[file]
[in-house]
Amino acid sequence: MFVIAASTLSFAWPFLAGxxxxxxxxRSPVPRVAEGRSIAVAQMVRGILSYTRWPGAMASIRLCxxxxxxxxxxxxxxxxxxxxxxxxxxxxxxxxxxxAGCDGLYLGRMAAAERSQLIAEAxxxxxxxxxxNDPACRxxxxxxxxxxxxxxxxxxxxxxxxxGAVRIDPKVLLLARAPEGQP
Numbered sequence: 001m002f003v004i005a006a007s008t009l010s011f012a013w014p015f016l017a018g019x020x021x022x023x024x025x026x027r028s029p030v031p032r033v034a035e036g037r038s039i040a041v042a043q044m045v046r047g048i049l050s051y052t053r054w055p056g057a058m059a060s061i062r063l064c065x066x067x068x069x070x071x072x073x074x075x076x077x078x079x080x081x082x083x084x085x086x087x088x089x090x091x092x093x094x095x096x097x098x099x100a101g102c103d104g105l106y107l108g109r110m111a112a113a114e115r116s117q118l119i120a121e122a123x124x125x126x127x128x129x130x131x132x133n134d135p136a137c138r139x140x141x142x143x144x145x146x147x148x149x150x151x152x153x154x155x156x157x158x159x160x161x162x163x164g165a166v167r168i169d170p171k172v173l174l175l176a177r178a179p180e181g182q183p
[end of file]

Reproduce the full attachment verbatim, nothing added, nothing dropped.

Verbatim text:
[in-house]
Amino acid sequence: MFVIAASTLSFAWPFLAGxxxxxxxxRSPVPRVAEGRSIAVAQMVRGILSYTRWPGAMASIRLCxxxxxxxxxxxxxxxxxxxxxxxxxxxxxxxxxxxAGCDGLYLGRMAAAERSQLIAEAxxxxxxxxxxNDPACRxxxxxxxxxxxxxxxxxxxxxxxxxGAVRIDPKVLLLARAPEGQP
Numbered sequence: 001m002f003v004i005a006a007s008t009l010s011f012a013w014p015f016l017a018g019x020x021x022x023x024x025x026x027r028s029p030v031p032r033v034a035e036g037r038s039i040a041v042a043q044m045v046r047g048i049l050s051y052t053r054w055p056g057a058m059a060s061i062r063l064c065x066x067x068x069x070x071x072x073x074x075x076x077x078x079x080x081x082x083x084x085x086x087x088x089x090x091x092x093x094x095x096x097x098x099x100a101g102c103d104g105l106y107l108g109r110m111a112a113a114e115r116s117q118l119i120a121e122a123x124x125x126x127x128x129x130x131x132x133n134d135p136a137c138r139x140x141x142x143x144x145x146x147x148x149x150x151x152x153x154x155x156x157x158x159x160x161x162x163x164g165a166v167r168i169d170p171k172v173l174l175l176a177r178a179p180e181g182q183p